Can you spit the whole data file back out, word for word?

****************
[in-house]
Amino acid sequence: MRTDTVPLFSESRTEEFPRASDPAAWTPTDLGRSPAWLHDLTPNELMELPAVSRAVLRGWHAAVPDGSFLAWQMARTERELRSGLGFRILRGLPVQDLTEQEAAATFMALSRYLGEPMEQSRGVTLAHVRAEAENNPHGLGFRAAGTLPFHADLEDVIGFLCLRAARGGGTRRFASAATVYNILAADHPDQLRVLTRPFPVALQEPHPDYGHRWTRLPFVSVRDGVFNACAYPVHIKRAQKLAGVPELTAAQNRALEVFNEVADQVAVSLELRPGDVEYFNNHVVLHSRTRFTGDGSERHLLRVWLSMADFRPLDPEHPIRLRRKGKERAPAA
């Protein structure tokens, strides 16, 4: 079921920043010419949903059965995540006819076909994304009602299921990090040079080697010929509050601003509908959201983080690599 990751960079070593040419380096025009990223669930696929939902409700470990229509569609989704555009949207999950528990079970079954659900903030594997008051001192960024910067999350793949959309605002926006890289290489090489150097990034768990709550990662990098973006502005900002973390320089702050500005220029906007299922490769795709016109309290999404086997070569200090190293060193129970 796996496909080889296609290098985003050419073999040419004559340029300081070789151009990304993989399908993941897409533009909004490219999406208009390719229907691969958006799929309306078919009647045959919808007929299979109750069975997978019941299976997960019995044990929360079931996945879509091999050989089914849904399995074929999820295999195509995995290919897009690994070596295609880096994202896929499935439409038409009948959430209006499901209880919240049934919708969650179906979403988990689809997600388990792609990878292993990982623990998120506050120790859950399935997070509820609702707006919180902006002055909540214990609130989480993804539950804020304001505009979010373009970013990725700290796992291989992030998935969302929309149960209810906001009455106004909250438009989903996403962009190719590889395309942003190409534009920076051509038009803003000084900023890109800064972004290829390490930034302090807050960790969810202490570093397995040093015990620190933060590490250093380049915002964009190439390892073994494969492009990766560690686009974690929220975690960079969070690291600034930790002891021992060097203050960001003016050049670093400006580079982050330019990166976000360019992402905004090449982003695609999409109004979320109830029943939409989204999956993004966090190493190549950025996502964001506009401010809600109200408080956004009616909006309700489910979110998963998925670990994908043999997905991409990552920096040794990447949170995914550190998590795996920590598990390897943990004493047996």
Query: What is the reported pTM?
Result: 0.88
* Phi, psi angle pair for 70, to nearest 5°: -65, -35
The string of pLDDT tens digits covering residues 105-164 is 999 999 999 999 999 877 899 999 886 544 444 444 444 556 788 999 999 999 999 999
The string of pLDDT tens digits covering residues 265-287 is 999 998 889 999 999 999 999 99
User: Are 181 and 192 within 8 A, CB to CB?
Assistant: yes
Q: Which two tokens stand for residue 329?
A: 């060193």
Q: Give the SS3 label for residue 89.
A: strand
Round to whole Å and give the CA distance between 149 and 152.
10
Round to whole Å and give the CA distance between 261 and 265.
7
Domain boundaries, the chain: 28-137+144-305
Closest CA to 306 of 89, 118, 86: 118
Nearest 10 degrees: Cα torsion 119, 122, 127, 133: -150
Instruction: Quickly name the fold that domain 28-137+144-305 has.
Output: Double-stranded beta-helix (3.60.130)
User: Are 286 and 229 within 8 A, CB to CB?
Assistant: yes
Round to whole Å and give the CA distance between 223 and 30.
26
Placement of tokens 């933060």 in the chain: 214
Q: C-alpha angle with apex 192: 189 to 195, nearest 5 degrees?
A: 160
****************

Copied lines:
[in-house]
Amino acid sequence: MRTDTVPLFSESRTEEFPRASDPAAWTPTDLGRSPAWLHDLTPNELMELPAVSRAVLRGWHAAVPDGSFLAWQMARTERELRSGLGFRILRGLPVQDLTEQEAAATFMALSRYLGEPMEQSRGVTLAHVRAEAENNPHGLGFRAAGTLPFHADLEDVIGFLCLRAARGGGTRRFASAATVYNILAADHPDQLRVLTRPFPVALQEPHPDYGHRWTRLPFVSVRDGVFNACAYPVHIKRAQKLAGVPELTAAQNRALEVFNEVADQVAVSLELRPGDVEYFNNHVVLHSRTRFTGDGSERHLLRVWLSMADFRPLDPEHPIRLRRKGKERAPAA
């Protein structure tokens, strides 16, 4: 079921920043010419949903059965995540006819076909994304009602299921990090040079080697010929509050601003509908959201983080690599 990751960079070593040419380096025009990223669930696929939902409700470990229509569609989704555009949207999950528990079970079954659900903030594997008051001192960024910067999350793949959309605002926006890289290489090489150097990034768990709550990662990098973006502005900002973390320089702050500005220029906007299922490769795709016109309290999404086997070569200090190293060193129970 796996496909080889296609290098985003050419073999040419004559340029300081070789151009990304993989399908993941897409533009909004490219999406208009390719229907691969958006799929309306078919009647045959919808007929299979109750069975997978019941299976997960019995044990929360079931996945879509091999050989089914849904399995074929999820295999195509995995290919897009690994070596295609880096994202896929499935439409038409009948959430209006499901209880919240049934919708969650179906979403988990689809997600388990792609990878292993990982623990998120506050120790859950399935997070509820609702707006919180902006002055909540214990609130989480993804539950804020304001505009979010373009970013990725700290796992291989992030998935969302929309149960209810906001009455106004909250438009989903996403962009190719590889395309942003190409534009920076051509038009803003000084900023890109800064972004290829390490930034302090807050960790969810202490570093397995040093015990620190933060590490250093380049915002964009190439390892073994494969492009990766560690686009974690929220975690960079969070690291600034930790002891021992060097203050960001003016050049670093400006580079982050330019990166976000360019992402905004090449982003695609999409109004979320109830029943939409989204999956993004966090190493190549950025996502964001506009401010809600109200408080956004009616909006309700489910979110998963998925670990994908043999997905991409990552920096040794990447949170995914550190998590795996920590598990390897943990004493047996």
Query: What is the reported pTM?
Result: 0.88
* Phi, psi angle pair for 70, to nearest 5°: -65, -35
The string of pLDDT tens digits covering residues 105-164 is 999 999 999 999 999 877 899 999 886 544 444 444 444 556 788 999 999 999 999 999
The string of pLDDT tens digits covering residues 265-287 is 999 998 889 999 999 999 999 99
User: Are 181 and 192 within 8 A, CB to CB?
Assistant: yes
Q: Which two tokens stand for residue 329?
A: 């060193």
Q: Give the SS3 label for residue 89.
A: strand
Round to whole Å and give the CA distance between 149 and 152.
10
Round to whole Å and give the CA distance between 261 and 265.
7
Domain boundaries, the chain: 28-137+144-305
Closest CA to 306 of 89, 118, 86: 118
Nearest 10 degrees: Cα torsion 119, 122, 127, 133: -150
Instruction: Quickly name the fold that domain 28-137+144-305 has.
Output: Double-stranded beta-helix (3.60.130)
User: Are 286 and 229 within 8 A, CB to CB?
Assistant: yes
Round to whole Å and give the CA distance between 223 and 30.
26
Placement of tokens 């933060």 in the chain: 214
Q: C-alpha angle with apex 192: 189 to 195, nearest 5 degrees?
A: 160